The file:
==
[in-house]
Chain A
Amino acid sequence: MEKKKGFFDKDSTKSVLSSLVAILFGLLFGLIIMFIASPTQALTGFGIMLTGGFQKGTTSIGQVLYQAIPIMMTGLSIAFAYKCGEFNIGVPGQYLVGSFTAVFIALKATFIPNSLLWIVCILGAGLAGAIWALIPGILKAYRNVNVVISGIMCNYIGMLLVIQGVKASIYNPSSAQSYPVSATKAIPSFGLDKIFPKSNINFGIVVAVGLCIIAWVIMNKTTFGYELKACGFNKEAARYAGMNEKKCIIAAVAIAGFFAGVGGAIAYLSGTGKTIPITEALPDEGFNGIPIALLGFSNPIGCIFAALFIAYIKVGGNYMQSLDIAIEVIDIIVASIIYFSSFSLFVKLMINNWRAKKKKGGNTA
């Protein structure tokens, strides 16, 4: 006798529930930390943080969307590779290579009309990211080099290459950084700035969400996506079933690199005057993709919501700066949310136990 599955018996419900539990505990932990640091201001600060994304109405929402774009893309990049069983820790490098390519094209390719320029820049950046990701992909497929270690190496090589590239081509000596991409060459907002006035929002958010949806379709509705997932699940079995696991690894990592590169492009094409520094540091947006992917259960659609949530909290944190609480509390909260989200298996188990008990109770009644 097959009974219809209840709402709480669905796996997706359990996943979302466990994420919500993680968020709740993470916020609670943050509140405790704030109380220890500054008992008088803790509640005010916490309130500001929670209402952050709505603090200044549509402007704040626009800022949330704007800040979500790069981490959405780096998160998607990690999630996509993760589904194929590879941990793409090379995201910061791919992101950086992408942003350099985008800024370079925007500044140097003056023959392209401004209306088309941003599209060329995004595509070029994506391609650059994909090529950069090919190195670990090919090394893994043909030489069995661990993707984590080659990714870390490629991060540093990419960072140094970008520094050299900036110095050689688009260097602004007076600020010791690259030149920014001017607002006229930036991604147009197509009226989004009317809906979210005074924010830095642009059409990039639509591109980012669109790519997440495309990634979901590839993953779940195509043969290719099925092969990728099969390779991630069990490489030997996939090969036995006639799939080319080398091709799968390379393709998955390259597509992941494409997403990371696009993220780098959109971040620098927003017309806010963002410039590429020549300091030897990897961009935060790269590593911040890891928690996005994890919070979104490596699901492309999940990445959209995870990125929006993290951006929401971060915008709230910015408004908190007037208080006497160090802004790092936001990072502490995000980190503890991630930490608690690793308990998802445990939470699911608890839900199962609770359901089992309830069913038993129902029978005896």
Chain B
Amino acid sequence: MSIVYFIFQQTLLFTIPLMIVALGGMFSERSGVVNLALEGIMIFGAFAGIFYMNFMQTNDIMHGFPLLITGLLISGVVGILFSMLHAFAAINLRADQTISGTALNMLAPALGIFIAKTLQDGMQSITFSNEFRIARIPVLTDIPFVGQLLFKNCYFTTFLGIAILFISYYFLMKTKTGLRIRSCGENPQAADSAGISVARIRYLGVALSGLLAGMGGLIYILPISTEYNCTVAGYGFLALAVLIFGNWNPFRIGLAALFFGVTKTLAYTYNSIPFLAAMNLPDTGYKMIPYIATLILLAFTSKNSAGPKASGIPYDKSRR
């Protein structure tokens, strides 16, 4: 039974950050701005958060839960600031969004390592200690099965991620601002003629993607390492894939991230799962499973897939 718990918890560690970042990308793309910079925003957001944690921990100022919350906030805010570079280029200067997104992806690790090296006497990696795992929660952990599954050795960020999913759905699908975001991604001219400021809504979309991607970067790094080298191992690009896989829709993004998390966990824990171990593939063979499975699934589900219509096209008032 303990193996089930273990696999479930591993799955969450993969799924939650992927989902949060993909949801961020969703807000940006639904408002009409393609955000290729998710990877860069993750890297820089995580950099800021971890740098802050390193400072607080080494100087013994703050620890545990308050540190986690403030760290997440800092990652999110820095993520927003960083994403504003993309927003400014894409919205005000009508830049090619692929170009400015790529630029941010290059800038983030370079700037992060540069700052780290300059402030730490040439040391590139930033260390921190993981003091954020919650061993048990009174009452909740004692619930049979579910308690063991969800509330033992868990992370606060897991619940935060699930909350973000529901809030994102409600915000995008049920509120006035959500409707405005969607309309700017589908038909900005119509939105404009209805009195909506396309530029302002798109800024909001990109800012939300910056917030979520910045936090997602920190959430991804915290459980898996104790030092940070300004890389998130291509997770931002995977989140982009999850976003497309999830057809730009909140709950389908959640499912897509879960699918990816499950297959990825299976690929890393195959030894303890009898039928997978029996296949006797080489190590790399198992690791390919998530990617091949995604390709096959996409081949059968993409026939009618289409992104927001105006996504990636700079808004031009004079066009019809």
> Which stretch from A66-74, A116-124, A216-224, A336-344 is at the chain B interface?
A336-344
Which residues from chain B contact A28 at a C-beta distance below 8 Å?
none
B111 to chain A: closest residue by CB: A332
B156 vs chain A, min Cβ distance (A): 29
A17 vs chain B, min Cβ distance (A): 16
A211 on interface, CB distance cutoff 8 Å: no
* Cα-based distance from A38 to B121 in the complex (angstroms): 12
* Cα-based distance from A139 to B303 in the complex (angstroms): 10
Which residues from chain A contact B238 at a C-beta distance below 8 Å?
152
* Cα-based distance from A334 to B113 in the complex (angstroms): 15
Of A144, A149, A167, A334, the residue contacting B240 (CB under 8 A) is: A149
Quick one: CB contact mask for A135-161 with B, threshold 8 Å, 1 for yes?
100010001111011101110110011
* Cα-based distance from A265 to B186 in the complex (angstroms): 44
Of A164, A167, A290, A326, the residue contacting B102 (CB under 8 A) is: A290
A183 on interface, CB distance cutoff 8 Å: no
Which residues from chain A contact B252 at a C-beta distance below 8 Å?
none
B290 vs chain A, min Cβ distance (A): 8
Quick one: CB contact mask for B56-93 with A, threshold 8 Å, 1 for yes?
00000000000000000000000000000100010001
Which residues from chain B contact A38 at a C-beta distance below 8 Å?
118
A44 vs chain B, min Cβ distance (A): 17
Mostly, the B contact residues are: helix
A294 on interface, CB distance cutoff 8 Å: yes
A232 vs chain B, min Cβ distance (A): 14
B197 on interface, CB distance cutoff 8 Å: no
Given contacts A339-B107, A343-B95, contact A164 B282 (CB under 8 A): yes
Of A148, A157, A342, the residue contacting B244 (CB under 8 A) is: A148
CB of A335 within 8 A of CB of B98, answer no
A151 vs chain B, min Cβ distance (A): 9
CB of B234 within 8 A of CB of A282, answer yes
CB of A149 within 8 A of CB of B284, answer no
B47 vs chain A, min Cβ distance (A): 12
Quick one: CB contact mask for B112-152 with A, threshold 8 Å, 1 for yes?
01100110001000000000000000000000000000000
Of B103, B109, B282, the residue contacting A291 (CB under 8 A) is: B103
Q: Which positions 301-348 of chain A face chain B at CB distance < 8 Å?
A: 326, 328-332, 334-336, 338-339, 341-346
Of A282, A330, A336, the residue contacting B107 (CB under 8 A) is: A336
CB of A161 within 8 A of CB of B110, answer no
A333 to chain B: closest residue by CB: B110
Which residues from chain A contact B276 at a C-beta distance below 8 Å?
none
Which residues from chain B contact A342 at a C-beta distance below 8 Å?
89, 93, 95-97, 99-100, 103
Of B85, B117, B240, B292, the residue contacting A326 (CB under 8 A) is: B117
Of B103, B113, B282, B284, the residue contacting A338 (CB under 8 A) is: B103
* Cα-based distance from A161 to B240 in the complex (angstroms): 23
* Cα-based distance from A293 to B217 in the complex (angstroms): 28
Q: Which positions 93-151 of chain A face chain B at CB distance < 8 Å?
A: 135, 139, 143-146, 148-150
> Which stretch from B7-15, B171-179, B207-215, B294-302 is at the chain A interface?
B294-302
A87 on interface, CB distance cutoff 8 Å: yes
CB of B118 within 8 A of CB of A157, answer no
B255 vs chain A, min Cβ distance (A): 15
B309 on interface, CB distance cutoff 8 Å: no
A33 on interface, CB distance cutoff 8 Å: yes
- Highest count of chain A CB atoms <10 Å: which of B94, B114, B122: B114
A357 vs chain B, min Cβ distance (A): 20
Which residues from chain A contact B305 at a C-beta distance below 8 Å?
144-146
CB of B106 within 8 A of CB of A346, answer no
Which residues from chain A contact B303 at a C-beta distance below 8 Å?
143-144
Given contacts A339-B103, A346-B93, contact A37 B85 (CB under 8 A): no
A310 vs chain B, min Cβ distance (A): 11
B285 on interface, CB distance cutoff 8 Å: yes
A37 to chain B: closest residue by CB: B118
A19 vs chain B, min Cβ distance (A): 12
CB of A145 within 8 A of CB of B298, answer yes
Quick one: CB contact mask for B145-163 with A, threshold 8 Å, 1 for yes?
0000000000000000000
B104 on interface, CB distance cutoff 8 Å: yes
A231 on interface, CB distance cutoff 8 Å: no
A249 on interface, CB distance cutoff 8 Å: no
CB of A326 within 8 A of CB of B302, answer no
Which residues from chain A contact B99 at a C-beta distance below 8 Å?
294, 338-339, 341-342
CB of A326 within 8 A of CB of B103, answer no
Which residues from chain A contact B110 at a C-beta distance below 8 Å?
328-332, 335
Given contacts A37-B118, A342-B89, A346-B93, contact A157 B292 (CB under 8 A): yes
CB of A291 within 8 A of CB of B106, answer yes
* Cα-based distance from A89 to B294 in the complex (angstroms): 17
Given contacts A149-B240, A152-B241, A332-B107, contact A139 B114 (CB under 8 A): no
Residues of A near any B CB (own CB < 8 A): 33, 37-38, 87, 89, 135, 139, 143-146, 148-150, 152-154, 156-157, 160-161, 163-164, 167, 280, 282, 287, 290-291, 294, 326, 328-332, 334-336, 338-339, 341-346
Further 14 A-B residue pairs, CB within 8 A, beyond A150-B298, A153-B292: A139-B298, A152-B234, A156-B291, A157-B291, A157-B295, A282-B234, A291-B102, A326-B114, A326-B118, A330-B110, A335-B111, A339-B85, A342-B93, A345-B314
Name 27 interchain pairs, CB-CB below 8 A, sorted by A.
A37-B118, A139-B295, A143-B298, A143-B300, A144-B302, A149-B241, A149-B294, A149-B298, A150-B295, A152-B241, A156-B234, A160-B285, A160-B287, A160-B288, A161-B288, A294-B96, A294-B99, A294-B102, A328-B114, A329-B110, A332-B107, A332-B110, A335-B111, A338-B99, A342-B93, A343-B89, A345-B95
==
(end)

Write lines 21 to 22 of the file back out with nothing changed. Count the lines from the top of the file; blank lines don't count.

Of A144, A149, A167, A334, the residue contacting B240 (CB under 8 A) is: A149
Quick one: CB contact mask for A135-161 with B, threshold 8 Å, 1 for yes?